C64 Six Speed(reverse idler omittedfor clarity) 6 5 4 3 2 R 1

    Input shaft

    Output shaft

    Clutch/Diff housing End cover

    Gearbox Centre support casing bearing

    f145

    EC60 Six Speed Reverse idler

    6 5 4 3 2 R 1

    Input shaft

    Output shaft

    Clutch/Diff housing

    Gearbox casing

    f146

  • Page 4

    Lotus Service Notes Section FJ

    The two shaft, all indirect gearbox, is housed within a two or three part cast alloy casing, including the dry chamber clutch housing, and secured by threaded fasteners to the back of the engine block. The clutch friction plate is splined to the gearbox input shaft from which the power flows to the output shaft mounted below it, and thence to the final drive and differential into which are fitted the driveshafts.

    In the C56 5-speed gearbox, ratios 1 to 4 including reverse, are contained within the main case, with the 5th gearset overhung at the rear within an end cover. The input shaft uses a front roller bearing and a rear ball bearing, as does the output shaft, albeit with a much larger front roller to accommodate the final drive gear forces. Needle roller bearings are used for each of the free spinning gears, and a pair of taper roller bearings support the differential assembly. Sychroniser assemblies for 3rd/4th and 5th speeds are mounted on the in-put shaft, and that for 1st/2nd on the output shaft, with the latter also providing the reverse gear driven pinion incorporated on its periphery. A reverse gear idler pinion is mounted on its own stub shaft, and may be slid into engagement with both a gear integral with the input shaft, and the ring gear on the 1st/2nd synchroniser. The housing for the final drive and differential is shared between the clutch housing and gearbox case, with taper roller bearings supporting the differential.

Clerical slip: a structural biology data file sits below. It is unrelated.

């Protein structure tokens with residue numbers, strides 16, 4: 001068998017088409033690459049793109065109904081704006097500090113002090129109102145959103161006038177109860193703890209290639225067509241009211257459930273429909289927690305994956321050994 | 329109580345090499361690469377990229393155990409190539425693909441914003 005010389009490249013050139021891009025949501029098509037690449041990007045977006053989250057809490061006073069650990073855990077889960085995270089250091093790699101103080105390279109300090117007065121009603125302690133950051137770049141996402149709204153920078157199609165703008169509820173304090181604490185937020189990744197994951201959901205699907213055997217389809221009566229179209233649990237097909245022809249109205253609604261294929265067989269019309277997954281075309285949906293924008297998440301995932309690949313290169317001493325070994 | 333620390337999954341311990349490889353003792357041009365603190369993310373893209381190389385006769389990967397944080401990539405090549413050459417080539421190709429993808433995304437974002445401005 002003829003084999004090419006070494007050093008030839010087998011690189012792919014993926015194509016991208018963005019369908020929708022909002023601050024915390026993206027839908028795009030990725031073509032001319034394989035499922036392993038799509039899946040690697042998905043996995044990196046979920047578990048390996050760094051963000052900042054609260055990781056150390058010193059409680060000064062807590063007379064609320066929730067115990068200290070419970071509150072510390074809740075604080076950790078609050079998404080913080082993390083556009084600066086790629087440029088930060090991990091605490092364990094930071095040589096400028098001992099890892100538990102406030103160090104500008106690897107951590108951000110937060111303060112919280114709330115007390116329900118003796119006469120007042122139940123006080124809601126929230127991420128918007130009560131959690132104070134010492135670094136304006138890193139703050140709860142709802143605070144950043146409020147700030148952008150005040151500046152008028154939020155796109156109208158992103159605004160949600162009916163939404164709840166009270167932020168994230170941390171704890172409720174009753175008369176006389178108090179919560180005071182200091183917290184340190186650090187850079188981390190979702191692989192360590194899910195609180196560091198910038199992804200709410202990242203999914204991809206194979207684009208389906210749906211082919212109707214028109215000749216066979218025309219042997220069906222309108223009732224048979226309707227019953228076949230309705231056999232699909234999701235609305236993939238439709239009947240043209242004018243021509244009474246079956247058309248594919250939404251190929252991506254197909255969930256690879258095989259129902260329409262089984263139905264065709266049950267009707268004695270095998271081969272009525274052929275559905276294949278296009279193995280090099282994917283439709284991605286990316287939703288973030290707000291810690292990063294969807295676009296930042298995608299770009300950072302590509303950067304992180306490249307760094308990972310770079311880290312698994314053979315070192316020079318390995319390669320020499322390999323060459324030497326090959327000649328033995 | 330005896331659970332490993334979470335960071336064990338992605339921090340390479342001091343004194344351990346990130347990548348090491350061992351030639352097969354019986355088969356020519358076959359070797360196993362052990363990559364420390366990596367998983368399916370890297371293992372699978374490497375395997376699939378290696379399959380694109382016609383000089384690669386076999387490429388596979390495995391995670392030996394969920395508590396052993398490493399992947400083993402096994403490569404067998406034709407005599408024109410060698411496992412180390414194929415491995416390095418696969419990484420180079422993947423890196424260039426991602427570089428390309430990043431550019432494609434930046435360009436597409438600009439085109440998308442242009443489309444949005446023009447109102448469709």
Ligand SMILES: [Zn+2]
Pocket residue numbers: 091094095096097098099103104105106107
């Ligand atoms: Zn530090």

The C64 six-speed transmission is a development of the C56, with both shafts extended at the rear to accommodate the additional ratio. Extra ball bearings are included in the end case to support the tails of each shaft.

    The EC60 6-speed transmission is a further evolution of the C64, but dispenses with the separate end casing and shaft centre support bearings, using instead, front and rear ball bearings for the input shaft, and a pair of opposed taper roller bearings for the output shaft. A reverse gear engagement aid is provided by a mechanism which applies a loading to the 6th gear synchroniser cone, to help stop input shaft rotation, before the reverse idler gear teeth are slid into engagement.

  • Page 5

    Lotus Service Notes Section FJ

    C64 Gear Clusters (other variants similar)

    The input shaft includes integral drive pinions for 1st, 2nd and reverse gears, and carries the clutch driven plate, the 3rd/4th synchroniser and the 5th/6th synchroniser. The output shaft features an integral final drive gear, spline fixed 3rd/4th/5th/6th driven pinions, and carries the 1st/2nd gear synchroniser. All forward gears are constant mesh with inertia lock type synchromesh, with reverse gear attained by sliding a spur idler pinion into engagement with both a gear on the periphery of the 1st/2nd synchroniser and a drive gear integral with the input shaft. All gears, with the exception of reverse, use a helical tooth form for quiet running.